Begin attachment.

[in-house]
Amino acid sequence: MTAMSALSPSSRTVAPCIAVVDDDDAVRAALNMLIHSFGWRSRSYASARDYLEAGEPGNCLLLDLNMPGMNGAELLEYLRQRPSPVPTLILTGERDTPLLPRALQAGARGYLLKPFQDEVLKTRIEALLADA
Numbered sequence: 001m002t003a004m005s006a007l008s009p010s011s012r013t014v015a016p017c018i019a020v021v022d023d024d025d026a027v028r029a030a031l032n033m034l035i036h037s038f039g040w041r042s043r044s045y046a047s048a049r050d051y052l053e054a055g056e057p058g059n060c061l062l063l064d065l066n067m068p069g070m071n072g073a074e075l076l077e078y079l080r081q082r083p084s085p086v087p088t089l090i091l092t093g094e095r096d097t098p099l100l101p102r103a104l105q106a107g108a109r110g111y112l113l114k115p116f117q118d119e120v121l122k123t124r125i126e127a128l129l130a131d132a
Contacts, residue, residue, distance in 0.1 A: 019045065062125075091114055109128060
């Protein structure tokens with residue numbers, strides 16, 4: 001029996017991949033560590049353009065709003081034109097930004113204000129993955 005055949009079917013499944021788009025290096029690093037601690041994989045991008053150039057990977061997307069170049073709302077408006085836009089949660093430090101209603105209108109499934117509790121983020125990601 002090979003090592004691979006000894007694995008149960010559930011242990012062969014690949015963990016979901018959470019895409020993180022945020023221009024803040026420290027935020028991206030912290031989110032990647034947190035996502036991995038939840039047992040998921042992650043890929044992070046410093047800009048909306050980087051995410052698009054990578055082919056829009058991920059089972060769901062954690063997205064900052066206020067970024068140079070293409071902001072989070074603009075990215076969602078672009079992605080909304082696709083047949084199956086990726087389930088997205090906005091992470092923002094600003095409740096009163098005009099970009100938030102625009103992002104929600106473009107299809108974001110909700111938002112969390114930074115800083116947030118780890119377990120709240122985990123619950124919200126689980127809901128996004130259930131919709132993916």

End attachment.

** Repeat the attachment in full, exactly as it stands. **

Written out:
[in-house]
Amino acid sequence: MTAMSALSPSSRTVAPCIAVVDDDDAVRAALNMLIHSFGWRSRSYASARDYLEAGEPGNCLLLDLNMPGMNGAELLEYLRQRPSPVPTLILTGERDTPLLPRALQAGARGYLLKPFQDEVLKTRIEALLADA
Numbered sequence: 001m002t003a004m005s006a007l008s009p010s011s012r013t014v015a016p017c018i019a020v021v022d023d024d025d026a027v028r029a030a031l032n033m034l035i036h037s038f039g040w041r042s043r044s045y046a047s048a049r050d051y052l053e054a055g056e057p058g059n060c061l062l063l064d065l066n067m068p069g070m071n072g073a074e075l076l077e078y079l080r081q082r083p084s085p086v087p088t089l090i091l092t093g094e095r096d097t098p099l100l101p102r103a104l105q106a107g108a109r110g111y112l113l114k115p116f117q118d119e120v121l122k123t124r125i126e127a128l129l130a131d132a
Contacts, residue, residue, distance in 0.1 A: 019045065062125075091114055109128060
């Protein structure tokens with residue numbers, strides 16, 4: 001029996017991949033560590049353009065709003081034109097930004113204000129993955 005055949009079917013499944021788009025290096029690093037601690041994989045991008053150039057990977061997307069170049073709302077408006085836009089949660093430090101209603105209108109499934117509790121983020125990601 002090979003090592004691979006000894007694995008149960010559930011242990012062969014690949015963990016979901018959470019895409020993180022945020023221009024803040026420290027935020028991206030912290031989110032990647034947190035996502036991995038939840039047992040998921042992650043890929044992070046410093047800009048909306050980087051995410052698009054990578055082919056829009058991920059089972060769901062954690063997205064900052066206020067970024068140079070293409071902001072989070074603009075990215076969602078672009079992605080909304082696709083047949084199956086990726087389930088997205090906005091992470092923002094600003095409740096009163098005009099970009100938030102625009103992002104929600106473009107299809108974001110909700111938002112969390114930074115800083116947030118780890119377990120709240122985990123619950124919200126689980127809901128996004130259930131919709132993916």